Wednesday, August 6, 2014

How to Feel Safe & Secure While Your Sailor is Deployed

By Nanette
The Sailor's Woman
The Sailor's Woman
An unfortunate part of the Sailor experience is being left home alone.
For me, it's these long deployments that separate Navy spouses from all the rest.  I have a girlfriend who complains if her husband goes on a business trip that lasts five days.  Five days!  Try five months...or more.
We Navy partners are a pretty independent bunch.  We have to be.  We hold down jobs, raise kids and keep the home fires burning so our Sailors have something wonderful to come home to.
We overcome obstacles our civilian sisters (and brothers) just don't get.  Most of the time, I meet this adversity with grace, pluck and tenacity, but there are some challenges that are, well, challenging for me.
If you're not a big chicken like me, you can stop reading right now and go do whatever it is women who aren't afraid of things that go bump in the night do.
If you are like me and your Sailor is away right now, you're probably tired because you spent last night creeping around your basement wielding a Depression glass vase, the most threatening thing you could find, at 3:24 when you heard IT--a scary noise that might have come from inside the house.
So how do we keep ourselves safe (and sane) while our big, brave Sailors are deployed?
A secure house is a safe house.  Start outside.  Lock yard tools such as axes, hammers and shovels in a shed or garage.  These things can be used to break in and we don't want to make it any easier for burglars to come calling.  The same goes for ladders, which can give the more athletic criminal access to the second floor of your home.
Don't leave a spare key hidden outside your house.  That plant pot on the front porch or that flat rock next to the door?  You're not fooling anyone and it's the first place a professional burglar will check.  It's better to leave a spare key with a trustworthy neighbour.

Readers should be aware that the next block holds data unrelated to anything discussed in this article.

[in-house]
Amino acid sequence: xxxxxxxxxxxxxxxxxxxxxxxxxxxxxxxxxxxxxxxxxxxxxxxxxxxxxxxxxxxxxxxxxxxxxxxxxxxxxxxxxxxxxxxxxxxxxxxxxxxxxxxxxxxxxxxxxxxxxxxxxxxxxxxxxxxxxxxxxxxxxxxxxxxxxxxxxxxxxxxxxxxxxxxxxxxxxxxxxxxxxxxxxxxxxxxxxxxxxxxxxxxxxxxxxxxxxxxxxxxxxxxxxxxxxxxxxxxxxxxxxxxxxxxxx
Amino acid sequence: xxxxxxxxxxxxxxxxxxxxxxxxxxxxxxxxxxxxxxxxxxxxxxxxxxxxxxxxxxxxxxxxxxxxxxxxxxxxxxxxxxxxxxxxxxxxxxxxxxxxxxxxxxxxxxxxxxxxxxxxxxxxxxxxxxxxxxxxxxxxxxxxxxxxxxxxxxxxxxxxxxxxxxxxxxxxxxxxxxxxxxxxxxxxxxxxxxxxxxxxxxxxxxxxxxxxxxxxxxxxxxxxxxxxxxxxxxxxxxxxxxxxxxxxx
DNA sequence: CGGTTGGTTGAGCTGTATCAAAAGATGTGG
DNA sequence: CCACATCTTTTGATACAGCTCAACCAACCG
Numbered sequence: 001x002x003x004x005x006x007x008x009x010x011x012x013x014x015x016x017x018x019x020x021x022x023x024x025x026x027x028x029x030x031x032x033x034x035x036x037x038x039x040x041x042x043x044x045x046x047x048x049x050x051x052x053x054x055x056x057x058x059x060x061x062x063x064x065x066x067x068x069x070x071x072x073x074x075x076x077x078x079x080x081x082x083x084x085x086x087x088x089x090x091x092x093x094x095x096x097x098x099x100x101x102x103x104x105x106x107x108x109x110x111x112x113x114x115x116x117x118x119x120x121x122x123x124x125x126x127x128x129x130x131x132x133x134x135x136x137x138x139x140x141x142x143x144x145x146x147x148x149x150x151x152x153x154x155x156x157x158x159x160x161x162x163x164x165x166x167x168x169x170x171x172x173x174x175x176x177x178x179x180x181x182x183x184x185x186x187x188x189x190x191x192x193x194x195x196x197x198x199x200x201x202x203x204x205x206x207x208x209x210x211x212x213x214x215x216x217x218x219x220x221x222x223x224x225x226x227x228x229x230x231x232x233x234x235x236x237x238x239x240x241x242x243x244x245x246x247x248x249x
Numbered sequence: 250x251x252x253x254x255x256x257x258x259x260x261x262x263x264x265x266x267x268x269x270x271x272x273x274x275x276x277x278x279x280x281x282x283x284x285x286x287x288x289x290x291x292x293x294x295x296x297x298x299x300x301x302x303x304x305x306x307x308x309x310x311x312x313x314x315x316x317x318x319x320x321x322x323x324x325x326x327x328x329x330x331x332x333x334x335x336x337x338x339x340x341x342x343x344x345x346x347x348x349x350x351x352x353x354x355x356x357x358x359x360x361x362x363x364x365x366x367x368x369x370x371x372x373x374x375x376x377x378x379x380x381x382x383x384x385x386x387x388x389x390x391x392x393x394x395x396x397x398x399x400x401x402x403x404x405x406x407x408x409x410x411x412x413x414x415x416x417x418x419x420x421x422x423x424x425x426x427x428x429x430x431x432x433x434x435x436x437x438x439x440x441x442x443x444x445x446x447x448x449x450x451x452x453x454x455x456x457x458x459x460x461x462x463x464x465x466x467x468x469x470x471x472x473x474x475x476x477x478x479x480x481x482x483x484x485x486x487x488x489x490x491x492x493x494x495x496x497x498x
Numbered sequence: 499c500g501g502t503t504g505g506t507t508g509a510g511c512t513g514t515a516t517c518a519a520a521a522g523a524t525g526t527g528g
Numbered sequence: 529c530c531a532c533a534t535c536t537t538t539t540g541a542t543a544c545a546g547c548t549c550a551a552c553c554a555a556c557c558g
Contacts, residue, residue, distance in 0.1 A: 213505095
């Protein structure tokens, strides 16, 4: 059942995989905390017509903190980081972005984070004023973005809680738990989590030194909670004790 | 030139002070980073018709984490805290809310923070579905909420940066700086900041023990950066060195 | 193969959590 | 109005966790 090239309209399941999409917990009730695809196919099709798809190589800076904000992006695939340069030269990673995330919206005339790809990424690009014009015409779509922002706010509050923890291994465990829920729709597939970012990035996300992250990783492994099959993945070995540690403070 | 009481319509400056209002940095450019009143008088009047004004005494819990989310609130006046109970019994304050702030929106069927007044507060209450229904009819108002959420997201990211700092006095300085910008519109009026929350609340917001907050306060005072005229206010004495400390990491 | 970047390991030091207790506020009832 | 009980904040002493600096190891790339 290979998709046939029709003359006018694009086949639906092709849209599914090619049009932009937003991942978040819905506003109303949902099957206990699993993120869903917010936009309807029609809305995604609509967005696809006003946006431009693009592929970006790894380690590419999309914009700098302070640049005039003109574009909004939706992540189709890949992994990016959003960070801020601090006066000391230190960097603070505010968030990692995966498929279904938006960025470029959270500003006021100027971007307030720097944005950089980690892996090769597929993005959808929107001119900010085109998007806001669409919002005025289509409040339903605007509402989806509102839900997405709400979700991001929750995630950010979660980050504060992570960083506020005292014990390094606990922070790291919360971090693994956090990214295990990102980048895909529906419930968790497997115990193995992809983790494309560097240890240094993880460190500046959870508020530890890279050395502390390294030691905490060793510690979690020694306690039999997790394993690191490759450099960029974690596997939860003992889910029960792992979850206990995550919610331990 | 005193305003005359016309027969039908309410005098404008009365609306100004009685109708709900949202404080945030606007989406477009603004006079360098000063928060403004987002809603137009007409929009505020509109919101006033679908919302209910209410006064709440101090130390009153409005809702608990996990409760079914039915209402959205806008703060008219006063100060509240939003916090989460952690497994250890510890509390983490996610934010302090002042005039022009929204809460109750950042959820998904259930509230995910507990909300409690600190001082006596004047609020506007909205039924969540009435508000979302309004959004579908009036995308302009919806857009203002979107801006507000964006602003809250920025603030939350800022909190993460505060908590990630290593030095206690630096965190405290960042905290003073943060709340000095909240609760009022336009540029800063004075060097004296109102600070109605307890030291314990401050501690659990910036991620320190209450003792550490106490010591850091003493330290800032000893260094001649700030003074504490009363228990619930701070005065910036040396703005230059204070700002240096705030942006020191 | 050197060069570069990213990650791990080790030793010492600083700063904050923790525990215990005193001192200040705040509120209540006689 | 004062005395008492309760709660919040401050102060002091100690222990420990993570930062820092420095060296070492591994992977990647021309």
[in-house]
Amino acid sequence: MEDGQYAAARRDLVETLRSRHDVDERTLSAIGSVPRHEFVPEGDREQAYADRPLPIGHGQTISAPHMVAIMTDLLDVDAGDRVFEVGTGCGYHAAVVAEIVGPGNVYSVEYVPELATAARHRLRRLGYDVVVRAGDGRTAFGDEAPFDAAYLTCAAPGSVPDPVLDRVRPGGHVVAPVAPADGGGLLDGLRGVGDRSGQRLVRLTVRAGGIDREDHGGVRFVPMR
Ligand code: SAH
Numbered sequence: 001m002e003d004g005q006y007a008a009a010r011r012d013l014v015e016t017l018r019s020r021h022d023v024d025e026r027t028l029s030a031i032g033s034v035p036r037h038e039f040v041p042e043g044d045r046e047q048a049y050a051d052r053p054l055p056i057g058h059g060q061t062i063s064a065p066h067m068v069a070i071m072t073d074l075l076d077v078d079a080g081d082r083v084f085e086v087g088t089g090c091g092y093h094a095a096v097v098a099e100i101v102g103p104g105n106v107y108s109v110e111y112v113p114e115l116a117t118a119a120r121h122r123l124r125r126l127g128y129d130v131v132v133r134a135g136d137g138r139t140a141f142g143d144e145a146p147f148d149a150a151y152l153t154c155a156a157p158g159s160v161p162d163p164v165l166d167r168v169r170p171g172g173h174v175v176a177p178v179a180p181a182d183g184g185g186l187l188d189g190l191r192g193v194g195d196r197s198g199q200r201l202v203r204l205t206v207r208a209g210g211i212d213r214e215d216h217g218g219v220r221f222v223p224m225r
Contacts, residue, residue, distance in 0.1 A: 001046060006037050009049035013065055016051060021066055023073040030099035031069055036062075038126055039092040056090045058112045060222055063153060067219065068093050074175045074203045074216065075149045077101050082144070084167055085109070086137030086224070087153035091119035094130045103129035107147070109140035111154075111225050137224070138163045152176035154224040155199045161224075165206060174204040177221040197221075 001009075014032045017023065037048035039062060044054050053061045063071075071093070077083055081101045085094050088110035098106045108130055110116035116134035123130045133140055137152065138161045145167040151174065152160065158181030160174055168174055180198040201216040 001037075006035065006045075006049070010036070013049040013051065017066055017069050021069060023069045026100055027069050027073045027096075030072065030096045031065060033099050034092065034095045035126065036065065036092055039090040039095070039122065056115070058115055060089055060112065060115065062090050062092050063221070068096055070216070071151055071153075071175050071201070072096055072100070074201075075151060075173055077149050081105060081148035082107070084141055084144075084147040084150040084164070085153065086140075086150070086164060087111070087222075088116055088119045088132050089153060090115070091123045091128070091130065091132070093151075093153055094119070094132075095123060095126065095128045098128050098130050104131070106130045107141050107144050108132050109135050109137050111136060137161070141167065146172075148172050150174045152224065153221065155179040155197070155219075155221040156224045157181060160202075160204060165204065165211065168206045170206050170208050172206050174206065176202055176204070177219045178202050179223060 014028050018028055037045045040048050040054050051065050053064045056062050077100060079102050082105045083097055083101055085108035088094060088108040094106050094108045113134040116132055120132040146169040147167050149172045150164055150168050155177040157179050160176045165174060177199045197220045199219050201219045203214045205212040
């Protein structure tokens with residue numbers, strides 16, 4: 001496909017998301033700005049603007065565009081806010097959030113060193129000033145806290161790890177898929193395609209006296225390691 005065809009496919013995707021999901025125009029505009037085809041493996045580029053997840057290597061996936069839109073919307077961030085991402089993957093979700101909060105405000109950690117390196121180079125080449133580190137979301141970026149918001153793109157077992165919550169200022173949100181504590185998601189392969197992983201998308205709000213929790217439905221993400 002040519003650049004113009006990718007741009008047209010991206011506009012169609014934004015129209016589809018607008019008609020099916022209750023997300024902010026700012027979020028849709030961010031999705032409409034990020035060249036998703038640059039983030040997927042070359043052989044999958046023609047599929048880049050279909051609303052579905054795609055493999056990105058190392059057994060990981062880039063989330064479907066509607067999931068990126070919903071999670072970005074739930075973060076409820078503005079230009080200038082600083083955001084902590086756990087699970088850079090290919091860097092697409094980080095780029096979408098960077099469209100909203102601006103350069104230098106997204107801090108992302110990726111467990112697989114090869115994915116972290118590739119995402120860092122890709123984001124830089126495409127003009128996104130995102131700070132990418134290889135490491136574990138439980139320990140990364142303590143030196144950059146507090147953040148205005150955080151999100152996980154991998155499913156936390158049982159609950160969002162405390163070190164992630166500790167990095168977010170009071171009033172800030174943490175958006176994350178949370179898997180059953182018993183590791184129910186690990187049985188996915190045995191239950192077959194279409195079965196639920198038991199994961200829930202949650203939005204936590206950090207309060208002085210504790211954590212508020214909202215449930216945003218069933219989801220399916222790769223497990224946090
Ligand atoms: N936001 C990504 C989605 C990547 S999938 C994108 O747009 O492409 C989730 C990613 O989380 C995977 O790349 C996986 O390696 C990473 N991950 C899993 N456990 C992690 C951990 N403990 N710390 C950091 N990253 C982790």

The Sailor's Woman
Lock your doors when you're at home--even if you live in a nice neighbourhood.  Be extra safe and lock 'em when you're outside doing yard work or working on your tan.  Most burglaries are crimes of opportunity.  Reduce opportunities for unwanted visitors to get into your home. 
Don't count on the dog to keep your safe, even if he's a tough one.  Sure a dog, or even a "Beware of Dog" sign on your property, can be a deterrent to thieves.  However, someone who really wants access to your house might get past your furry friend by offering him food or even worse, poison.  The moral of the story:  don't let your guard down because you have a dog.
If you think there's been a break-in, GET OUT!  Don't investigate to see if anything's missing.  The last thing you want to do is corner a burglar who might still be "shopping" your house.  GET
OUT and call the police.

About Nanette
The Sailor's Woman
Hi, I’m Nanette. Like most women, I wear many hats. I’m a mom, a teacher, a Canadian Naval Officer’s wife, a blogger at The Sailor’s Woman and a novelist.

I have degrees from the University of British Columbia and the University of Moncton. I began writing as a child and I've published many short stories and essays.

In June my husband left for Afghanistan. Before going overseas he was out of the province for about six weeks training for his adventure. It’s been a long haul and it’s not over. Field lives on Vancouver Island, British Columbia.
Buy Love in a Small Village on Amazon Canada, Amazon US, or on Amazon UK!

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